Remember Mexico is not a part of OPEC, and the oil produced in Mexico is Isthmus-34 Light, a sour crude with and API gravity of 33.74 degrees and a sulfur content of 1.45%. Once part of the OPEC Reference Basket or ORB, it was removed from the ORB – ORB is not a specific crude, but rather is a weighted average of petroleum that comes from OPEC countries –when Isthmus-34 Light was changed in 2005.

The U.S.-based WTI is also used as a benchmark for imported crude oil that is produced in Mexico and South America as well as in Canada

I hope, Leonardo, this serves to attend to your query. This is vast topic. This is also a very current and important topic. I will be happy if my assistance has been of any help to you. My best of wishes for your research in such an important field in the globalized market that has significance for almost all the countries in the world in the present oil imbroglio.


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Eklimur Raza


It appears some students in this website are confused about elasticity of demand and the slope of the demand curve when they are trying to figure out why rectangular hyperbola comes up in case of unitary demand curve. First, they don't know that RH can be depicted in a positive quadrant of price,quantity plane. Secondly, they make the mistake that the slope of RH is constant at -1. Two points could help them: first, e=1 at each and every point of the RH, because the tangent at any point shows lower segment=upper segment (another geometric definition of e); yet slopes at different points,dQ/dP, are different; second, e is not slope but [(Slope)(P/Q)]in absolute terms. Caveat: only if we measure (log P) along the horizontal axis and (log Q) up the vertical axis, can we then say slope equals elasticity --in which case RH on P,Q plane is transformed into a straight-line demand curve [with slope= -tan 45 deg] on (log Q),(logP) plane, and e= -d(log Q)/d(log P). [By the way, logs are not used in college textbooks --although that is helpful in econometric estimation of elasticity viewed as an exponent of P, when demand equation is transformed into log-linear form.] I have not found the geometrical explanation I have given in any textbook followed in undergraduate and college classes in Canada (including the book followed in a university where I taught for a short time and in the book followed in George Brown College, Toronto, where I teach.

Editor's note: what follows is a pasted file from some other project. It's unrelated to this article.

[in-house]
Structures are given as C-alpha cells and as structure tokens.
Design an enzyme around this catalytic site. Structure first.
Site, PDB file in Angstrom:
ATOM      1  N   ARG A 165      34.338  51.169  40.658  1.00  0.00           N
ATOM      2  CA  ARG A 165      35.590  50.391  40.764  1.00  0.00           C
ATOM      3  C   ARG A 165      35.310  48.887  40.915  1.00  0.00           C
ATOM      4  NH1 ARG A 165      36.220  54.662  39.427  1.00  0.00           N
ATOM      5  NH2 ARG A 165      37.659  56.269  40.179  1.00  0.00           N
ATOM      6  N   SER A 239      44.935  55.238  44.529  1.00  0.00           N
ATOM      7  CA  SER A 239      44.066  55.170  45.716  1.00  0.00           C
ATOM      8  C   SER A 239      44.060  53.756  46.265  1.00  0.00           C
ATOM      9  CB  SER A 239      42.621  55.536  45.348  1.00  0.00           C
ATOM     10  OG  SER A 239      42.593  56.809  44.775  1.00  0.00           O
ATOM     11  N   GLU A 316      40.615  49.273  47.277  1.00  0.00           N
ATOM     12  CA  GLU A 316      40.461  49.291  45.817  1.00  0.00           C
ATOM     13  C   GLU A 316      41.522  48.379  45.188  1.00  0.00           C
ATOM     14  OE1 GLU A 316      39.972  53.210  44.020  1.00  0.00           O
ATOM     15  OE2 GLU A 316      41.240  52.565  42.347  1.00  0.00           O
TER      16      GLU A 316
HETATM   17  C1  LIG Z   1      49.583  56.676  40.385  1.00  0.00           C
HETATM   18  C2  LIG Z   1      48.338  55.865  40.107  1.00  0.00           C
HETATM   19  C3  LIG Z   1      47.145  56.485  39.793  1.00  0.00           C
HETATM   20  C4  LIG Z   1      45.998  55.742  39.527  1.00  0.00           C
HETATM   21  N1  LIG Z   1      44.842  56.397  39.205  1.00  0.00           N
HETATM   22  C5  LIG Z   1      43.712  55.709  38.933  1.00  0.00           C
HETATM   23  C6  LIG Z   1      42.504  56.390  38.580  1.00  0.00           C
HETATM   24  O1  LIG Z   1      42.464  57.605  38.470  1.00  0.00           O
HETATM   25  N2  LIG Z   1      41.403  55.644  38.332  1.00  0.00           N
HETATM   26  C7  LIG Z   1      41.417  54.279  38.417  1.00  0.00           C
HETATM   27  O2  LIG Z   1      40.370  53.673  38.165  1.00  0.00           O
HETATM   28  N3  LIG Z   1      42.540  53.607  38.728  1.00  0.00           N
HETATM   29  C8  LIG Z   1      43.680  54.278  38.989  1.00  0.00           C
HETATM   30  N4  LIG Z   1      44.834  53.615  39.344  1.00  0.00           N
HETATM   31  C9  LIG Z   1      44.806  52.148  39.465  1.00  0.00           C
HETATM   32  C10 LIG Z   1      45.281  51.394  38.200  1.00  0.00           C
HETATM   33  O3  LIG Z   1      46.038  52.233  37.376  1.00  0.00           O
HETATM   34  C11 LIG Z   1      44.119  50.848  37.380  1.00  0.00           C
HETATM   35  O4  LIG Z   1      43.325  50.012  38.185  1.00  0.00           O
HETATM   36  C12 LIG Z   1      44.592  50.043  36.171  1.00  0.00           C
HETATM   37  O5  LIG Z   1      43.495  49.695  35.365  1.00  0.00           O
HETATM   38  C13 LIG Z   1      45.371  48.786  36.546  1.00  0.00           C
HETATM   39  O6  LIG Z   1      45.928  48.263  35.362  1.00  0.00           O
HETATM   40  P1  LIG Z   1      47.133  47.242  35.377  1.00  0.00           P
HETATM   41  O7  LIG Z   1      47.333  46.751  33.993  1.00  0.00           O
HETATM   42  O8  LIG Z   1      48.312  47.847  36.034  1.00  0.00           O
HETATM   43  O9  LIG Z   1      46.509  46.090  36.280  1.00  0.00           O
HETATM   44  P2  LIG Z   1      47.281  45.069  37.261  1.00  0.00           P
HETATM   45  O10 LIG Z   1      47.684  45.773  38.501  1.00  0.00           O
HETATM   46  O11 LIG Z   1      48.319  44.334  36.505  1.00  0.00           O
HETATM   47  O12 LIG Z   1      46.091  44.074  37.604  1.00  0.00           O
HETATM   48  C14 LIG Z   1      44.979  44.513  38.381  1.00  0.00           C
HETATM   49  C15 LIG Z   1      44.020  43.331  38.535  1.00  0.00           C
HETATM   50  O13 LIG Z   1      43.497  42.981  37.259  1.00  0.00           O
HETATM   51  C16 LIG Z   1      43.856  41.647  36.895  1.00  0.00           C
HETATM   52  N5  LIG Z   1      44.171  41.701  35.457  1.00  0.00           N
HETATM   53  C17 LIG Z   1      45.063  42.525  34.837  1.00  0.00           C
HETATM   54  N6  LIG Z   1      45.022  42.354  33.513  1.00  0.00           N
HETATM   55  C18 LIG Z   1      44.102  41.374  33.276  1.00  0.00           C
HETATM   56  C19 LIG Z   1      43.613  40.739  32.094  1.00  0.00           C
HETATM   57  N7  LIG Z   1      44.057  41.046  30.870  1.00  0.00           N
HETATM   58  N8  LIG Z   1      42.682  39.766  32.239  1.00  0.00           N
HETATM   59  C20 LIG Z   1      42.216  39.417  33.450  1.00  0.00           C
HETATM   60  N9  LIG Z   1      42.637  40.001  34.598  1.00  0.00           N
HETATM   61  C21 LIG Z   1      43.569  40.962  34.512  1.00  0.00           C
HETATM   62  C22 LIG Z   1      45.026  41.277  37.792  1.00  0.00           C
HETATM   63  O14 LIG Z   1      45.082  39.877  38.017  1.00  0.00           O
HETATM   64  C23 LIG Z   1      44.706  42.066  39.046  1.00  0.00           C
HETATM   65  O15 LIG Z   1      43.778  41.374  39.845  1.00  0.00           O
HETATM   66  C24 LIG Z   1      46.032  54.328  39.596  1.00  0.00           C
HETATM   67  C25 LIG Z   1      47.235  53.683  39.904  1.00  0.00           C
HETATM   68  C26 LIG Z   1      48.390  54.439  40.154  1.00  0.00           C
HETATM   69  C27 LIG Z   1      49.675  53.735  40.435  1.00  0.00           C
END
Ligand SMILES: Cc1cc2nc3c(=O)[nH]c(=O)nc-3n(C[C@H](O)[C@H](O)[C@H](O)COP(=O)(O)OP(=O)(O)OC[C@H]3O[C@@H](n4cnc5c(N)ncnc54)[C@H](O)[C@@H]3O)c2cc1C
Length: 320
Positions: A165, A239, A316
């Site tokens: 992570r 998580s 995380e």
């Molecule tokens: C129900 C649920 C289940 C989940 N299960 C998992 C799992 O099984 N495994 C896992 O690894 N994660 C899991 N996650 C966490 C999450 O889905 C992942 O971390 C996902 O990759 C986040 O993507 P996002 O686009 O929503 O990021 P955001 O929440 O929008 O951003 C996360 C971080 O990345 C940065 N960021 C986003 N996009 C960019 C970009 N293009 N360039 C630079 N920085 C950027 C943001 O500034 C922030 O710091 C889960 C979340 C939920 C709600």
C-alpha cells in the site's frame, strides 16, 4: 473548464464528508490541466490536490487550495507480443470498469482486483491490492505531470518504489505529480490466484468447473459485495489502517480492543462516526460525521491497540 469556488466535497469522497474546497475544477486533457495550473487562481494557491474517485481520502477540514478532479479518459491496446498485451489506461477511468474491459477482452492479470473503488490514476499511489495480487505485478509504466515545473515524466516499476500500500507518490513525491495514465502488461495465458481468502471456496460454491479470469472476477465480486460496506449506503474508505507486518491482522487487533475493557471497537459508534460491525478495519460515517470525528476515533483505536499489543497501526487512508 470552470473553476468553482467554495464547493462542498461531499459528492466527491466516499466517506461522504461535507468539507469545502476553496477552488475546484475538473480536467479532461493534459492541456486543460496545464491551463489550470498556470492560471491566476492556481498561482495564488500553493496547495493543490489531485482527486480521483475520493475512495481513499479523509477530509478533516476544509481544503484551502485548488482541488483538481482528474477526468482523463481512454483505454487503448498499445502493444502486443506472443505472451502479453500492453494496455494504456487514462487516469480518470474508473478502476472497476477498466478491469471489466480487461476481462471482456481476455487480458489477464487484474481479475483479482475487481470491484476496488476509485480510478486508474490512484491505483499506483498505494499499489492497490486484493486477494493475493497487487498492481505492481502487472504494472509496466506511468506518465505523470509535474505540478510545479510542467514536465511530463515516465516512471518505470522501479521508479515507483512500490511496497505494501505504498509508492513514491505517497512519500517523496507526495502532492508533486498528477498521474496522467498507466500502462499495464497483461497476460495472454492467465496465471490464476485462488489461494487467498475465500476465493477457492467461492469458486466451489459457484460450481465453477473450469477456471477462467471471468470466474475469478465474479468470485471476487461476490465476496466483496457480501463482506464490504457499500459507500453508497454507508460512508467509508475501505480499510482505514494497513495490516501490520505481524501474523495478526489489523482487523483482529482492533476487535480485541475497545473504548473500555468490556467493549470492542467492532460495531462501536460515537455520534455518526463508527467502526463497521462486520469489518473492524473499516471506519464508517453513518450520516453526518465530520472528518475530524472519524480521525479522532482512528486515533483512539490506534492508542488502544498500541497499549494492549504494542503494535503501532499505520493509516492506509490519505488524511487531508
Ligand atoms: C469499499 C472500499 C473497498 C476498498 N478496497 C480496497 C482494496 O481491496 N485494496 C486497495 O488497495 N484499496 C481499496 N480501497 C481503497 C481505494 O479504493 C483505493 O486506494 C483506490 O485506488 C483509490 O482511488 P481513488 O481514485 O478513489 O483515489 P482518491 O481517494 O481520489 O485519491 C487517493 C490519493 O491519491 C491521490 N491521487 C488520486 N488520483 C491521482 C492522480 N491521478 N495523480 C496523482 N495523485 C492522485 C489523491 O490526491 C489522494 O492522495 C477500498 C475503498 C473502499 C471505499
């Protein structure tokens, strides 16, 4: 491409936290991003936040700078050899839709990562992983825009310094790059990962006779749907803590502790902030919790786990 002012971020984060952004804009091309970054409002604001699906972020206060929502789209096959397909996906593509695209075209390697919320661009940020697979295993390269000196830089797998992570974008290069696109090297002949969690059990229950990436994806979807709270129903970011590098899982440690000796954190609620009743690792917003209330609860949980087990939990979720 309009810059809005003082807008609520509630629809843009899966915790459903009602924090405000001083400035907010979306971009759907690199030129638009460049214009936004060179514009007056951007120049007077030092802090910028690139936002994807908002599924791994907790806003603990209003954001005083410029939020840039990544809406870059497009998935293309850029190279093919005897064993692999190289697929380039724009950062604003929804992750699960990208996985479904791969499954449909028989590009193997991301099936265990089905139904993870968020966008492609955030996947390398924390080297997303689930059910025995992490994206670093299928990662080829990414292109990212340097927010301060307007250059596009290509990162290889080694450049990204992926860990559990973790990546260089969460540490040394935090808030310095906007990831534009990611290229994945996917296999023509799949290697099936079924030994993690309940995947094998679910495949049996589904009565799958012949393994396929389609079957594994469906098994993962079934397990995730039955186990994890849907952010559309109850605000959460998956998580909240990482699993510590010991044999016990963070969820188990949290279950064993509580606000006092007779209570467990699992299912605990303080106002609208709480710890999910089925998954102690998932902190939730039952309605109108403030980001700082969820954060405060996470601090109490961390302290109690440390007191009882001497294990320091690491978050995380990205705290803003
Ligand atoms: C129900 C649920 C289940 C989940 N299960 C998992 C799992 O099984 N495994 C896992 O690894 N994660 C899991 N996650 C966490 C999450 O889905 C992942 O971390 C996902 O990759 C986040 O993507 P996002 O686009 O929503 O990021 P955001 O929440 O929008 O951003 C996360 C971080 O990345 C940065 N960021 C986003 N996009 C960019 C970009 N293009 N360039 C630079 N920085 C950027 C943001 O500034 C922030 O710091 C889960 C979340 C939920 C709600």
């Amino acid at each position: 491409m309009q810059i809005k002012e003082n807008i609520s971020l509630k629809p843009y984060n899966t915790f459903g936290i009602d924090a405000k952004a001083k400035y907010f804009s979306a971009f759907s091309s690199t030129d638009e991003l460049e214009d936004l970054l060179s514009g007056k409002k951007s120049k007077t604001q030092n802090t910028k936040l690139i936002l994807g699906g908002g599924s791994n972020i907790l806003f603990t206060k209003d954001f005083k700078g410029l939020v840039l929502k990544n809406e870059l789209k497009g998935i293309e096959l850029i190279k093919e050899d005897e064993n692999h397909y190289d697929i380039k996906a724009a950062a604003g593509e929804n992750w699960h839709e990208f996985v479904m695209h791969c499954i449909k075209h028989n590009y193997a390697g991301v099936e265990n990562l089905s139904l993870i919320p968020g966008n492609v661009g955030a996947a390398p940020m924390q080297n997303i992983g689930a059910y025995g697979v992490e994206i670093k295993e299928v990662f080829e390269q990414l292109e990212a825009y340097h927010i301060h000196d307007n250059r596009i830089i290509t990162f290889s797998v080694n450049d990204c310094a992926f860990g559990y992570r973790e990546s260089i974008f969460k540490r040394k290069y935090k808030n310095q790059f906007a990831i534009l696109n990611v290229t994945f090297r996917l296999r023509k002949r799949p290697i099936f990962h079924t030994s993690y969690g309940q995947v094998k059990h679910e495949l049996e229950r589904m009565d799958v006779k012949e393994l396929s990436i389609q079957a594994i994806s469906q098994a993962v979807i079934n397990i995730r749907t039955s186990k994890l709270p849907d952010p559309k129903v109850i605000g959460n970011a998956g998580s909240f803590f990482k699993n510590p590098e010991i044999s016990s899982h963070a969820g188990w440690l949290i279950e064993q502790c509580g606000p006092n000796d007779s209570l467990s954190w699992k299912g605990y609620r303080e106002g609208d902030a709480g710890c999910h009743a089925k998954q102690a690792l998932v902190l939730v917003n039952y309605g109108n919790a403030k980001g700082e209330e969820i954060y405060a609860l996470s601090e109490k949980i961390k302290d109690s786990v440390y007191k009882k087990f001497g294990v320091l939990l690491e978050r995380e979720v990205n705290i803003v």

About 11 years' teaching economics and business studies, and also English, history and elementary French.Practical experience in a development bank, working with international donor agencies like the World Bank and the ADB. Experience in free-lance journalism, including Canada's "National Post."

I teach micro- and macroeconomics at George Brown College (continuing education), Toronto, ON, Canada.

Many articles and editorials, on different subjects, in English newspapers. Recently an applied Major Research Paper, based on a synthesis of the Solow growth model and the Lewis two-sector model, has be accepted by Ryerson University, Toronto. Professors Thomas Barbiero and Eric Cam, Ryerson University, accepted the paper.

Master degree in Interantional Economics and Finance and diploma with honours in Business Administration from Canada.

Awards and Honors
Received First Prize in an inter-university Literary Contest.